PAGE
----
Upon completion of these initial tests, an evaluation of the two processes indicated the following significant advantages with the jet boring mining method.
STUDY AND DEVELOPMENT PHASE 1993-1997
Numerous environmental, engineering, and feasibility studies followed to determine production approaches and economics and to support regulatory submissions. In 1995, an Environmental Impact Statement was submitted based on the jet boring mining method with two levels of development below the orebody; a lower level for freeze pipe drilling and an upper level for jet mining (Figure 3 and Figure 4).
Key study recommendations included a jetting system with four times the previous jet power and the construction of concrete segment lined tunnels immediately below the orebody in the weakest rock.
Unique tunneling and freeze pipe drilling equipment was constructed and field tested. A custom designed tunnelling machine excavated two crosscuts in weak ground on the 480m level, erecting a concrete segment tunnel liner for ground support while advancing. Lastly, design began on a production "Jet Bore System" capable of performing the complete mining cycle.
The production "Jet Bore System" is a complex system comprised of the following sub-systems:
Several companies including Tamrock, Voest-Alpine, Waterjet Technology, BCP Engineering, and Saskatchewan Research Council worked closely together on design and shop tests to address the numerous subsystems' inter-related issues.
Shop tests of jetting equipment provided insight to production rates and confirmed jetting power requirements. Surveying tools and the collar preventer were also shop tested.
JETTING TOOLS TEST 1999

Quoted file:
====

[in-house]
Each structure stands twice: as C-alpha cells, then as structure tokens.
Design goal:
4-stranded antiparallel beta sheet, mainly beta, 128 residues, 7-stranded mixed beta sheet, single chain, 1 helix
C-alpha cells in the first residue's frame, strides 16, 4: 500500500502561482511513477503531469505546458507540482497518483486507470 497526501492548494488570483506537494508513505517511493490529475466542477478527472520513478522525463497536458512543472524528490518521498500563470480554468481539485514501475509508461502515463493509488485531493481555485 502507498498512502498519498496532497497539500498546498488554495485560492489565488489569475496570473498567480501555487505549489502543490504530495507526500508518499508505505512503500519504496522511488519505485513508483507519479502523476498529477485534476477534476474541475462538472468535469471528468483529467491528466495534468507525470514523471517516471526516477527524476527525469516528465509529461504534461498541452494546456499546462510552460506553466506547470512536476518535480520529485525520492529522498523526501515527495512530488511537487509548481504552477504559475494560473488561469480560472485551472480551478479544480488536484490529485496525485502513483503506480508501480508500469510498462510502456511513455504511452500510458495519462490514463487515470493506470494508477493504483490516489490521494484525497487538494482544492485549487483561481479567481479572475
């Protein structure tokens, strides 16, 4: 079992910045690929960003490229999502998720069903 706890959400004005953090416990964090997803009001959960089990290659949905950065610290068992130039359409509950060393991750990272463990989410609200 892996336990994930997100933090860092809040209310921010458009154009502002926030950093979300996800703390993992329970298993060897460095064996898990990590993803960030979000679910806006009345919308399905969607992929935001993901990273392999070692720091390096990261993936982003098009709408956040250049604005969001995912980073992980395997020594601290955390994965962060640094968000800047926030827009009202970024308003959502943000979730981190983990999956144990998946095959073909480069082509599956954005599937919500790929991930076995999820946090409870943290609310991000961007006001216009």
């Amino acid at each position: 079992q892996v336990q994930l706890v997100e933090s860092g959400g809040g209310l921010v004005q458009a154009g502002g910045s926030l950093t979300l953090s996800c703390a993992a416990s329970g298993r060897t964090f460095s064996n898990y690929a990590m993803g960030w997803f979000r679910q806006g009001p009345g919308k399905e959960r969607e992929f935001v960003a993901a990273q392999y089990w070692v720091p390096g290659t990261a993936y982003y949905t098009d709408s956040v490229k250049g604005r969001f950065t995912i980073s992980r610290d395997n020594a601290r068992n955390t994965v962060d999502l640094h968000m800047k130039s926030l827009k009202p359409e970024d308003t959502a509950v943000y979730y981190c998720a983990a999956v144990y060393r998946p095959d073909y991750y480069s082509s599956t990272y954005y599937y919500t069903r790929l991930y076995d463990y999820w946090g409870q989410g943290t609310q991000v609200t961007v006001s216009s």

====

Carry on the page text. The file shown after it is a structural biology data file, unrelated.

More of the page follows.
Prototype jetting production tools were successfully tested in an underground culvert lined raise. The culvert was three metres in diameter and was filled with simulated ore around a destructible fiberglass cased pilot hole. The culvert was fitted with a removable lid permitting access for viewing mining progress as well as inspecting and modifying tools.
Four 600kW Hammelman five piston pumps were installed underground near the mining area and fed high pressure oil field piping routed to the JBS. In parallel, these pumps supply one 7mm diameter nozzle a total of 1000 litres per minute at 100 Mpa (total power of 2.4MW).
With the JBS still in the manufacturing stage, a freeze hole drill was used for nozzle motion for this test. A redesigned complex high pressure swivel, fitted to the drill's rotation head, allowed the passage of jetting and flush water flows through the rotating drill head and up through dual wall jet rods to a nozzle sub in the cavity. A "blade" screen attached to the nozzle sub provided a choke point and controlled the size of ore leaving the cavity. This screen consisted of several radial plates in the annular space between the jet rods and the casing (Figure 5).